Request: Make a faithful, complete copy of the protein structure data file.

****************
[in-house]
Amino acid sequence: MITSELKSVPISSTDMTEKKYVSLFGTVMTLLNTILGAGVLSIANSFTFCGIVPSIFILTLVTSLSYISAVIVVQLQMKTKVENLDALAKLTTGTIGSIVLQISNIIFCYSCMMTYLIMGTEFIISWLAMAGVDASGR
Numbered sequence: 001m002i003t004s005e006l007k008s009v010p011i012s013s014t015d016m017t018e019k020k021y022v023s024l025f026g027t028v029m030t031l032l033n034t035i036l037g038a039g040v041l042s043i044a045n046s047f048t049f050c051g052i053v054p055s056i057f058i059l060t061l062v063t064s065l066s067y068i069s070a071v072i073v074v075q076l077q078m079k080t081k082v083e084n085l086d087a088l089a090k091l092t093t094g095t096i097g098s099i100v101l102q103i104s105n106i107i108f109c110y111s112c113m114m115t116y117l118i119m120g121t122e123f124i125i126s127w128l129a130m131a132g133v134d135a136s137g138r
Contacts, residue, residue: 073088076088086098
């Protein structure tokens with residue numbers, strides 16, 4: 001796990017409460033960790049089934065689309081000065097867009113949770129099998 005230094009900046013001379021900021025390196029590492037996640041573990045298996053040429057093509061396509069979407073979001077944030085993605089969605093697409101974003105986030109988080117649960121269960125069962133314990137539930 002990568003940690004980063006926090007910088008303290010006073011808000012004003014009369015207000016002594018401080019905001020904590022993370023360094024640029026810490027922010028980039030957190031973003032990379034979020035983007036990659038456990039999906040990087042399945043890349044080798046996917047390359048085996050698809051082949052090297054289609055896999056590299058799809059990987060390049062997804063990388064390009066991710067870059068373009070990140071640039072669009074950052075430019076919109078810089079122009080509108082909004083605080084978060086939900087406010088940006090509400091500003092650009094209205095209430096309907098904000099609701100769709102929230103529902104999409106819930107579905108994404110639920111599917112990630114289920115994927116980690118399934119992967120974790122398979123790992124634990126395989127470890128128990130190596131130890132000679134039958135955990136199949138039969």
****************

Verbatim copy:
[in-house]
Amino acid sequence: MITSELKSVPISSTDMTEKKYVSLFGTVMTLLNTILGAGVLSIANSFTFCGIVPSIFILTLVTSLSYISAVIVVQLQMKTKVENLDALAKLTTGTIGSIVLQISNIIFCYSCMMTYLIMGTEFIISWLAMAGVDASGR
Numbered sequence: 001m002i003t004s005e006l007k008s009v010p011i012s013s014t015d016m017t018e019k020k021y022v023s024l025f026g027t028v029m030t031l032l033n034t035i036l037g038a039g040v041l042s043i044a045n046s047f048t049f050c051g052i053v054p055s056i057f058i059l060t061l062v063t064s065l066s067y068i069s070a071v072i073v074v075q076l077q078m079k080t081k082v083e084n085l086d087a088l089a090k091l092t093t094g095t096i097g098s099i100v101l102q103i104s105n106i107i108f109c110y111s112c113m114m115t116y117l118i119m120g121t122e123f124i125i126s127w128l129a130m131a132g133v134d135a136s137g138r
Contacts, residue, residue: 073088076088086098
């Protein structure tokens with residue numbers, strides 16, 4: 001796990017409460033960790049089934065689309081000065097867009113949770129099998 005230094009900046013001379021900021025390196029590492037996640041573990045298996053040429057093509061396509069979407073979001077944030085993605089969605093697409101974003105986030109988080117649960121269960125069962133314990137539930 002990568003940690004980063006926090007910088008303290010006073011808000012004003014009369015207000016002594018401080019905001020904590022993370023360094024640029026810490027922010028980039030957190031973003032990379034979020035983007036990659038456990039999906040990087042399945043890349044080798046996917047390359048085996050698809051082949052090297054289609055896999056590299058799809059990987060390049062997804063990388064390009066991710067870059068373009070990140071640039072669009074950052075430019076919109078810089079122009080509108082909004083605080084978060086939900087406010088940006090509400091500003092650009094209205095209430096309907098904000099609701100769709102929230103529902104999409106819930107579905108994404110639920111599917112990630114289920115994927116980690118399934119992967120974790122398979123790992124634990126395989127470890128128990130190596131130890132000679134039958135955990136199949138039969």